Companies stop buying patents

Global Vaccine Distribution: Blocking the Rich

Many poor countries are currently unable to supply their populations due to a shortage of vaccines. So that they can produce enough vaccine themselves, some are demanding a patent release from the World Trade Organization. But rich states want to prevent this step.

WTO Director General Ngozi Okonjo-Iweala. The financial expert suggests voluntary licensing as a middle ground between vaccination nationalism and patent releases. Photo: SALVATORE DI NOLFI / KEYSTONE / AFP

Are rich nations putting the profits of domestic pharmaceutical companies on a faster end to the corona pandemic? These are serious allegations that numerous aid and human rights organizations, trade unions and more than a hundred national governments around the world are making against the European Commission, the USA and other representatives of wealthy states.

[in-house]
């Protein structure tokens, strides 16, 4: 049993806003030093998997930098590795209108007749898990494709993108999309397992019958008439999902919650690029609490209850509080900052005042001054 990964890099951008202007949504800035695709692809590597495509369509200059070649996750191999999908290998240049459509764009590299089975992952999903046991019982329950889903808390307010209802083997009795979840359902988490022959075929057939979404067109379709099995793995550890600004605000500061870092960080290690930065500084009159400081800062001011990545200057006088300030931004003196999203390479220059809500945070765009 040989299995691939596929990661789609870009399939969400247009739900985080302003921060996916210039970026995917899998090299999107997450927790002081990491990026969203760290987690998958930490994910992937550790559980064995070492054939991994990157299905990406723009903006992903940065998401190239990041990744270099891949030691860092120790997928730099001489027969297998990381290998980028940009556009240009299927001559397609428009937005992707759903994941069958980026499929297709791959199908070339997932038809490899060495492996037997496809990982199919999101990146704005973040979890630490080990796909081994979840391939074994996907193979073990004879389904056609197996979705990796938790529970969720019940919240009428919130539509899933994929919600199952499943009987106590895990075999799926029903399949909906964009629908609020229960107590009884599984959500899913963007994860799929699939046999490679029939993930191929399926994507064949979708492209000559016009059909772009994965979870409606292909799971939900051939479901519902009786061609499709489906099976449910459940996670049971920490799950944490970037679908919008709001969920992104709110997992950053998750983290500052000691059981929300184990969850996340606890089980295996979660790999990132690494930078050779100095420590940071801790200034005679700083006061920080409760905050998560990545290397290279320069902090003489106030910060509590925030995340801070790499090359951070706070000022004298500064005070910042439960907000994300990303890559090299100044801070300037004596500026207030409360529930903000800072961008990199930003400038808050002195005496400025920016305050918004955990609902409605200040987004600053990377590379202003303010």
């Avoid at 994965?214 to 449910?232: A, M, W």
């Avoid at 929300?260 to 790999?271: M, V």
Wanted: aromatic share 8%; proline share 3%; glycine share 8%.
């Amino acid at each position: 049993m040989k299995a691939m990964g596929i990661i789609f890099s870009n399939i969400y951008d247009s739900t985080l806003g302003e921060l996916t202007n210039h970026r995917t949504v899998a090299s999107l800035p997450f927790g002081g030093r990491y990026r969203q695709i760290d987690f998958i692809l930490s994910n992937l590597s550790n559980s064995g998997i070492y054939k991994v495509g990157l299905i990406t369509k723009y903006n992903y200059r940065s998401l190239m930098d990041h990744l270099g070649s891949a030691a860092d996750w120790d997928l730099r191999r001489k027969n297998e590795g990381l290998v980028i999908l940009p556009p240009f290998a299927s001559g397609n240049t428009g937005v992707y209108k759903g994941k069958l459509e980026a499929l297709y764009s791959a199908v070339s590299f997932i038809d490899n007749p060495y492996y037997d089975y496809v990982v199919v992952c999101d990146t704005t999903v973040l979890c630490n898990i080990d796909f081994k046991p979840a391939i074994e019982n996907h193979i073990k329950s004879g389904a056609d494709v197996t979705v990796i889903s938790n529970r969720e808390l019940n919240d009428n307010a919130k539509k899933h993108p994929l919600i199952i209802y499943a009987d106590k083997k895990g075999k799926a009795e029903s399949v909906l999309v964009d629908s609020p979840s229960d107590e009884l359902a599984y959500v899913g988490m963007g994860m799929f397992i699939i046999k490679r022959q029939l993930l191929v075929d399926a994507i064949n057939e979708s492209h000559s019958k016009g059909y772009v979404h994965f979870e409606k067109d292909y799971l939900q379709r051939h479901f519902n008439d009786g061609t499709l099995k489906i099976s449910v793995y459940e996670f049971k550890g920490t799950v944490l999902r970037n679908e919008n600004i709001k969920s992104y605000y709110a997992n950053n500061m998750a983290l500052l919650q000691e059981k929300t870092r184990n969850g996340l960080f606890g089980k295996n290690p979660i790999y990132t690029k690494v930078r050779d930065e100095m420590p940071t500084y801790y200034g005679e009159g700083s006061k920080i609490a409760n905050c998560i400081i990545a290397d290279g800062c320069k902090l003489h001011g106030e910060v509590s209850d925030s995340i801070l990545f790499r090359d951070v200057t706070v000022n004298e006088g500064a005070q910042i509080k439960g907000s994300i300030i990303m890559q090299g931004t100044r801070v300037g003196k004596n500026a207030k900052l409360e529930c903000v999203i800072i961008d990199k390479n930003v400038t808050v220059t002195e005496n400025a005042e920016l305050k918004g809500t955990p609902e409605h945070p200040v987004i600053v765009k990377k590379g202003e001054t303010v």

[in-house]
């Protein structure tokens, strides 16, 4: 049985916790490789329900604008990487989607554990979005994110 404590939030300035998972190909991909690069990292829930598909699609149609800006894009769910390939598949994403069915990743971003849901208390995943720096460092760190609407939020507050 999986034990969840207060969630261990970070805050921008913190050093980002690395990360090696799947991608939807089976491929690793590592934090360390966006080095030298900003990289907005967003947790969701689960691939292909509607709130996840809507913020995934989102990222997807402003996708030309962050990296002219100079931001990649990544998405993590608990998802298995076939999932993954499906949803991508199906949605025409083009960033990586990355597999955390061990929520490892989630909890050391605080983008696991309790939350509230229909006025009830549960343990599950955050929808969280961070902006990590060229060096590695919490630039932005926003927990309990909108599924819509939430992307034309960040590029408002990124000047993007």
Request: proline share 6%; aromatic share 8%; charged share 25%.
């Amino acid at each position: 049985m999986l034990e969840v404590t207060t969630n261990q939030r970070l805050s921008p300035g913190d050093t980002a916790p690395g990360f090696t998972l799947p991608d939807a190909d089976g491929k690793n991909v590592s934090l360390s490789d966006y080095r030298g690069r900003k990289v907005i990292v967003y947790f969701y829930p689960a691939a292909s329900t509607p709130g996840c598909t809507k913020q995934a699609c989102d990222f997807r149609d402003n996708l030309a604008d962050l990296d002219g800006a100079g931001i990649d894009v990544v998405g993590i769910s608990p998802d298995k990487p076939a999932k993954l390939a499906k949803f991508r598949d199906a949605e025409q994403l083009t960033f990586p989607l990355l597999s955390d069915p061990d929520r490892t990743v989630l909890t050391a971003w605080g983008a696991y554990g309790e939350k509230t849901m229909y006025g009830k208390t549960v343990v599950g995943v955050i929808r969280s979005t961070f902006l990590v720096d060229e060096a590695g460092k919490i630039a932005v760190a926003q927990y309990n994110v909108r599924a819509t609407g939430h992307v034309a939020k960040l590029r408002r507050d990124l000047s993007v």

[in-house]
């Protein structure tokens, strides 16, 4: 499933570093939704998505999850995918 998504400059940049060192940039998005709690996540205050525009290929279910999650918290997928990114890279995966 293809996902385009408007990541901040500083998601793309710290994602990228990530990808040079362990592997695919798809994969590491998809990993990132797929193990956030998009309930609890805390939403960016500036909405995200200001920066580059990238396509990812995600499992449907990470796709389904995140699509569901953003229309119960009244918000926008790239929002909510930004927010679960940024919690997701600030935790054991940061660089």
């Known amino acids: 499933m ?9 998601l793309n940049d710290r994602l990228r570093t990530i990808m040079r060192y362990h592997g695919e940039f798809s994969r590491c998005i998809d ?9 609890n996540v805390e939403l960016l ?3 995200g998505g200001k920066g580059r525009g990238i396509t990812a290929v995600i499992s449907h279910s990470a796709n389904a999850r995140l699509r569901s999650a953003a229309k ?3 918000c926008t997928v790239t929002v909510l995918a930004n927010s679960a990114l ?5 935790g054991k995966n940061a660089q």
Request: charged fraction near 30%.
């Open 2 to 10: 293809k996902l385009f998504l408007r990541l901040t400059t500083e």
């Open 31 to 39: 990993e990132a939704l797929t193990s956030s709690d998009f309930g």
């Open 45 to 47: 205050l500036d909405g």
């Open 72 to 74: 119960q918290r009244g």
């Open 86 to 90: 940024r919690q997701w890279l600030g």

The background to this is an application that India and South Africa submitted to the World Trade Organization in October. In it they ask the WTO body responsible for intellectual property to recommend the suspension of certain aspects of the patent protection agreed between the members until the end of the pandemic.

With the help of this so-called waiver, manufacturers in developing countries should also be able to produce the urgently needed COVID-19 vaccines according to the formulations developed mostly in rich western countries without having to fear lawsuits. In this way, not only vaccines, but also diagnostics and therapeutics could arrive in poorer countries much faster and at lower prices, according to the application.